Get Your Act Together

Under the heading of “simple things outstanding managers do well” would be managing your own time. As a manager or executive, you’re managing other people’s efforts, their time and focus, and what they do or don’t get done.

Hard to do when you can’t get your own act together. So let’s take a look at your calendar together, shall we?

You calendar is empty, but you’re always busy –

This one is hard, because changing your behavior is hard. I’m guessing that your day consists of constant interruptions, fire-fighting, and wondering how the heck you got 500 e-mails in your in-box. You might be going home every night wondering what you got done, and how another day slipped by without getting that thing you really needed to do done.

You’re going to have to learn to say no. You’re going to have to develop the discipline to do that things that need doing, and not be interrupted. You’re going to have to focus.

You’re going to have to trust your people to solve their own problems, and you and they are going to have to learn that they can get along without you for the most part. You are going to have to decide what not to do. Will they still need you? Will you still be there to coach, mentor, and development them? Absolutely. But on your schedule, not theirs.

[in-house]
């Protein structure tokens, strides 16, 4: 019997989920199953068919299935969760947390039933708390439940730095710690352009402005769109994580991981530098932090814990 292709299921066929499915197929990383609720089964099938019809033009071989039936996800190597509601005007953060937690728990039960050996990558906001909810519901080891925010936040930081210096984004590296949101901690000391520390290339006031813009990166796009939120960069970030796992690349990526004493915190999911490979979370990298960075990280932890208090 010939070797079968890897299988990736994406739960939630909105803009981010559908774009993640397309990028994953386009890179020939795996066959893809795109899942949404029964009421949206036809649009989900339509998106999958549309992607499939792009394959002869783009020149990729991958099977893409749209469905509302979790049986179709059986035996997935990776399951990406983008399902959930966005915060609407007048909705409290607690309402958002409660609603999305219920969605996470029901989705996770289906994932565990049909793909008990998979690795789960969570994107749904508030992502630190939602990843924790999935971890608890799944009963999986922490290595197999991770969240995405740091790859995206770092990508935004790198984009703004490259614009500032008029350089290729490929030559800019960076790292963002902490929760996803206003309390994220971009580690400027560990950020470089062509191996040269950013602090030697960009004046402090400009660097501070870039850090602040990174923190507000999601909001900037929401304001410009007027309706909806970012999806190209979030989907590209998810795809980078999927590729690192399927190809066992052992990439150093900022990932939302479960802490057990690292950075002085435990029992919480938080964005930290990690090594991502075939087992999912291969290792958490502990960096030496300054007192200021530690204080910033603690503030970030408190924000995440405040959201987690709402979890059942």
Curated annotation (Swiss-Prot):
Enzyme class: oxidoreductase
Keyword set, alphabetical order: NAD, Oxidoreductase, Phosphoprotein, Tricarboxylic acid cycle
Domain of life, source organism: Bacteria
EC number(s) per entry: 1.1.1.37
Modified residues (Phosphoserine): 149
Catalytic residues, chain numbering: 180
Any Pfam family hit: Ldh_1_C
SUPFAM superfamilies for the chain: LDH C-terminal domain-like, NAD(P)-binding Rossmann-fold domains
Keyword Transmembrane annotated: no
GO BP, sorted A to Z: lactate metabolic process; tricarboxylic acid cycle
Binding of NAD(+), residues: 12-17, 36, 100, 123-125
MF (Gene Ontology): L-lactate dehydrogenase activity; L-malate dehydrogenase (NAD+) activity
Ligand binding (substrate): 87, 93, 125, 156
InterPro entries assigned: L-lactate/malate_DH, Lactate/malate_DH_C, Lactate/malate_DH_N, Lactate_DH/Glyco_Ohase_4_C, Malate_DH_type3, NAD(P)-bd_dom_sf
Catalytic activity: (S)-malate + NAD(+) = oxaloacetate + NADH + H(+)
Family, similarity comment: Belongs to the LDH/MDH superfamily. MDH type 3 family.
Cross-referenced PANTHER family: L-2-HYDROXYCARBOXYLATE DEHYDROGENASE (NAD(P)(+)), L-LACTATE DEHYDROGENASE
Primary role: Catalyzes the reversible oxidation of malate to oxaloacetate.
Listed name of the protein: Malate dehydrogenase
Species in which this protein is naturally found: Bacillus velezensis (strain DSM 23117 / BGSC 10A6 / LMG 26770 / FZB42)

The solution:

Let’s start simply What is the most important thing you need to get done this week? Find your big rock, and put it in your calendar. Block enough time for you to do the task.  Now here’s the real secret:

When your calendar says it time to work on that thing – work on that thing!

Consider your calendar the future record of how you’re fulfilling your professional obligations. Lock the door, hide in another office, tell people to go away. Be rude if you have to. Don’t let anybody else fill your calendar with meetings either*. Do whatever you need to get that one thing done.

This is your promise to yourself to finish something. You’ve got as far as you have in your professional career because you do what you said you were going to do. What changed? Nobody can control how you spend your time except you (and your boss). It’s your choice.

Once you have the getting one thing a week down, and a second, then a third thing. But start with one. It’ll be good practice for thinking about how you spend your time.

Next week:

Your calendar is 100% full, and what’s wrong with that.

Bonus material:
* Learn how to turn off Outlook e-mail notifications
* Learn how to stop people from scheduling meetings in your calendar (you want to un-select in this case)

2 thoughts on “Get Your Act Together

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